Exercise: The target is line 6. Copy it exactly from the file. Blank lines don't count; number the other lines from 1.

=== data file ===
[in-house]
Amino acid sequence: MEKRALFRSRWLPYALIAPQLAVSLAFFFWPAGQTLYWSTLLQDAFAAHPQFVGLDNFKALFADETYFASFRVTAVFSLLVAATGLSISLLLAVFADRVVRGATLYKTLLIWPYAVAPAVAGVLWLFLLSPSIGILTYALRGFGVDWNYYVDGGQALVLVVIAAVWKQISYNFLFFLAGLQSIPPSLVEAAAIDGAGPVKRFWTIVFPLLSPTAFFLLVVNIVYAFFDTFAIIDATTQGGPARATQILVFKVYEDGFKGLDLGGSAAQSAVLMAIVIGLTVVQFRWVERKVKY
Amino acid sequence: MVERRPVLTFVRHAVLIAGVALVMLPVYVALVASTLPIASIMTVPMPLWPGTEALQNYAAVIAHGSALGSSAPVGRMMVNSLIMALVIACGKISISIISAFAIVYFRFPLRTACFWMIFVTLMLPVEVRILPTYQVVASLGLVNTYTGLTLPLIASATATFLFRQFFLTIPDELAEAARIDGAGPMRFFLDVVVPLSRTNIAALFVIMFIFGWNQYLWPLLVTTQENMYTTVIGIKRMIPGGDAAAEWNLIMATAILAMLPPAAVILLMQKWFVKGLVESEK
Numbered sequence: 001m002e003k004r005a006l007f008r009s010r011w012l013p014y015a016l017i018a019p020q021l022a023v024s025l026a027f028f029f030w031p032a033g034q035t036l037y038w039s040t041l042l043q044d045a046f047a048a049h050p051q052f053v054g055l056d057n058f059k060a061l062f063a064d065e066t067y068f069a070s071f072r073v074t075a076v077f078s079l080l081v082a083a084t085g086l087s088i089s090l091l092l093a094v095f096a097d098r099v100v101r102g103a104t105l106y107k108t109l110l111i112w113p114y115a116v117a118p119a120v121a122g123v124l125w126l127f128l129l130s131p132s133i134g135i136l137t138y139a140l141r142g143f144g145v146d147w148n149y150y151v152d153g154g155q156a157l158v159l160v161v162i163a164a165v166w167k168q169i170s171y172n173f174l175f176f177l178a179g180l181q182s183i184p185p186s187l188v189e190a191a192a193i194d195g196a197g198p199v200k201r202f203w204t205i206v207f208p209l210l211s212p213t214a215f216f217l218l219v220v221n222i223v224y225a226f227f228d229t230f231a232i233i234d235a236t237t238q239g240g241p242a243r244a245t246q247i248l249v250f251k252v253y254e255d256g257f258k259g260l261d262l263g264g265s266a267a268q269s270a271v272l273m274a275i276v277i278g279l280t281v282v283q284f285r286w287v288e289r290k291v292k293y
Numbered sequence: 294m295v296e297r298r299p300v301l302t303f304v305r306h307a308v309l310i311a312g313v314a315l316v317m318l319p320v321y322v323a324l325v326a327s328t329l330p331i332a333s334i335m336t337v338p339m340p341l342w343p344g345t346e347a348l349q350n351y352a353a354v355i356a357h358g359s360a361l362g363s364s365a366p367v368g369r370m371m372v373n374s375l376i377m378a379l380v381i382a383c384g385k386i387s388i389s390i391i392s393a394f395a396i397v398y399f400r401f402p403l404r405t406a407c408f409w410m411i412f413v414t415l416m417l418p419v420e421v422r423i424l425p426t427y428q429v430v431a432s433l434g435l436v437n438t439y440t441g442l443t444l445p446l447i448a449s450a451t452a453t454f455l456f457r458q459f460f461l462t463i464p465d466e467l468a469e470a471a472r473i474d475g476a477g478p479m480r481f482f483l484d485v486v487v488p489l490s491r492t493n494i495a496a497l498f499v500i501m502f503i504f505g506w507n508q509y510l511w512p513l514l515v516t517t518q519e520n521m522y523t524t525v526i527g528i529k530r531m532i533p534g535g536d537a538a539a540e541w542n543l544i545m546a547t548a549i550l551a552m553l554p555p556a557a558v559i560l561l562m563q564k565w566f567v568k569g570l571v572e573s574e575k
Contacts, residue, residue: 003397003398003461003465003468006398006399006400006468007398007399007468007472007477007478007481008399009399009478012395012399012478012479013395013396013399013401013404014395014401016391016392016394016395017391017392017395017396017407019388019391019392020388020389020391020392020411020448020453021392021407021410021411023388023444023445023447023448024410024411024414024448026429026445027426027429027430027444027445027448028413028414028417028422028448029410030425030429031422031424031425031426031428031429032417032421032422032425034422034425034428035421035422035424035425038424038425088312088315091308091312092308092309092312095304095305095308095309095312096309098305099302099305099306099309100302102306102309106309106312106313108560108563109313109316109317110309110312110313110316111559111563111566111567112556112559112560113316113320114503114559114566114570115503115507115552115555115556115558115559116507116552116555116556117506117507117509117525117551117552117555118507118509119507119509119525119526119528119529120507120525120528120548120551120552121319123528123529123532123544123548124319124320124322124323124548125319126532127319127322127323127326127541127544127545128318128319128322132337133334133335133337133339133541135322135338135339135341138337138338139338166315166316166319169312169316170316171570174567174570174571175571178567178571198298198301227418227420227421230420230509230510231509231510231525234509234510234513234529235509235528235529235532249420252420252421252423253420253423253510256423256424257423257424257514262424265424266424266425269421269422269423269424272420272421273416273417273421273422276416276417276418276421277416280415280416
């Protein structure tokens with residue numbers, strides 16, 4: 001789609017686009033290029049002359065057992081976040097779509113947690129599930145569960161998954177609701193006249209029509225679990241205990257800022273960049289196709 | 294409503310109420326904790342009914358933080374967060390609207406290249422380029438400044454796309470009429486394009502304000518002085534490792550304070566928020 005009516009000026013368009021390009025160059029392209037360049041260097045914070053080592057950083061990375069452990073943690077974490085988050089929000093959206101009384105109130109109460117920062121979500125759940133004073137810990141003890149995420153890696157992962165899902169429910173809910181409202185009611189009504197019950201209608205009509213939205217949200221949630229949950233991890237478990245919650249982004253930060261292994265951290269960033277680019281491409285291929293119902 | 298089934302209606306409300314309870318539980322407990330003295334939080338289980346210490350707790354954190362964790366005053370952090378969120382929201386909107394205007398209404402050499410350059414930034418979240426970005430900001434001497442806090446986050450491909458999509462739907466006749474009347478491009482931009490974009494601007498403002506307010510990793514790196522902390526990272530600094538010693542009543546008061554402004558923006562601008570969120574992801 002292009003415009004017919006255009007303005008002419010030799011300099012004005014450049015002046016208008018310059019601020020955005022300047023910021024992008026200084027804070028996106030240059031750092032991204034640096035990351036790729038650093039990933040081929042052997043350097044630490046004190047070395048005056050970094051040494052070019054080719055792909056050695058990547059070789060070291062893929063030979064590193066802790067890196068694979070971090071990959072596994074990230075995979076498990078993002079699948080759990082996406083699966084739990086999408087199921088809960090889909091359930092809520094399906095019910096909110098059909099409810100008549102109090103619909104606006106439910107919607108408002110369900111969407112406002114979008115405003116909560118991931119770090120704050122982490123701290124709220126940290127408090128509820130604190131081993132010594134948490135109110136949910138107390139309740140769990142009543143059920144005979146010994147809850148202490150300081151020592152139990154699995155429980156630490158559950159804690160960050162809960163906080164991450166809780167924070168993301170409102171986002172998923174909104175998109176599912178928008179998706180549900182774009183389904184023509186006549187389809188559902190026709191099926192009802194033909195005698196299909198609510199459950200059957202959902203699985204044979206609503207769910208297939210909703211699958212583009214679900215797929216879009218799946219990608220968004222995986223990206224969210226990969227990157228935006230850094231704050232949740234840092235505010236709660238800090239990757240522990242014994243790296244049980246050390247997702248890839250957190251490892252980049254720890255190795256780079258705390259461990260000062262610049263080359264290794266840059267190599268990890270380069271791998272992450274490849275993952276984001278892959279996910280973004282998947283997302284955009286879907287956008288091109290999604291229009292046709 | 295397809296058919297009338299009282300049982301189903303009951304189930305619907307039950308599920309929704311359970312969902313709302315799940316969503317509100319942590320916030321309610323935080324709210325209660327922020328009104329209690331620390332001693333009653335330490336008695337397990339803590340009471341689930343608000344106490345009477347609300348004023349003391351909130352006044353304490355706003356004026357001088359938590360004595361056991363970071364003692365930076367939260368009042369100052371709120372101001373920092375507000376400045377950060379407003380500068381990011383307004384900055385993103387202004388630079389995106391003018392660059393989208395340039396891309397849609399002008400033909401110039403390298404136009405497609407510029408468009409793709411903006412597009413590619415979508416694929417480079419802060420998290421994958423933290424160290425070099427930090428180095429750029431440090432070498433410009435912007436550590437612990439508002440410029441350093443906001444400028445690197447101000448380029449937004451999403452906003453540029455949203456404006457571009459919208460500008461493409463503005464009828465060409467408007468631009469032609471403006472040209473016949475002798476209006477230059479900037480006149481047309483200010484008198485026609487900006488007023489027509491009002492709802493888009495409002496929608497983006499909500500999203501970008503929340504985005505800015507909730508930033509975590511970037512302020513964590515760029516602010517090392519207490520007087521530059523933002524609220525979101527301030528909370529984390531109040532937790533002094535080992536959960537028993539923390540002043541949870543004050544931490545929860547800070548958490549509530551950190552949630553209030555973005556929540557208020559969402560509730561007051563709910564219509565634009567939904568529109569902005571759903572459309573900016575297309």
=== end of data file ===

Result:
Contacts, residue, residue: 003397003398003461003465003468006398006399006400006468007398007399007468007472007477007478007481008399009399009478012395012399012478012479013395013396013399013401013404014395014401016391016392016394016395017391017392017395017396017407019388019391019392020388020389020391020392020411020448020453021392021407021410021411023388023444023445023447023448024410024411024414024448026429026445027426027429027430027444027445027448028413028414028417028422028448029410030425030429031422031424031425031426031428031429032417032421032422032425034422034425034428035421035422035424035425038424038425088312088315091308091312092308092309092312095304095305095308095309095312096309098305099302099305099306099309100302102306102309106309106312106313108560108563109313109316109317110309110312110313110316111559111563111566111567112556112559112560113316113320114503114559114566114570115503115507115552115555115556115558115559116507116552116555116556117506117507117509117525117551117552117555118507118509119507119509119525119526119528119529120507120525120528120548120551120552121319123528123529123532123544123548124319124320124322124323124548125319126532127319127322127323127326127541127544127545128318128319128322132337133334133335133337133339133541135322135338135339135341138337138338139338166315166316166319169312169316170316171570174567174570174571175571178567178571198298198301227418227420227421230420230509230510231509231510231525234509234510234513234529235509235528235529235532249420252420252421252423253420253423253510256423256424257423257424257514262424265424266424266425269421269422269423269424272420272421273416273417273421273422276416276417276418276421277416280415280416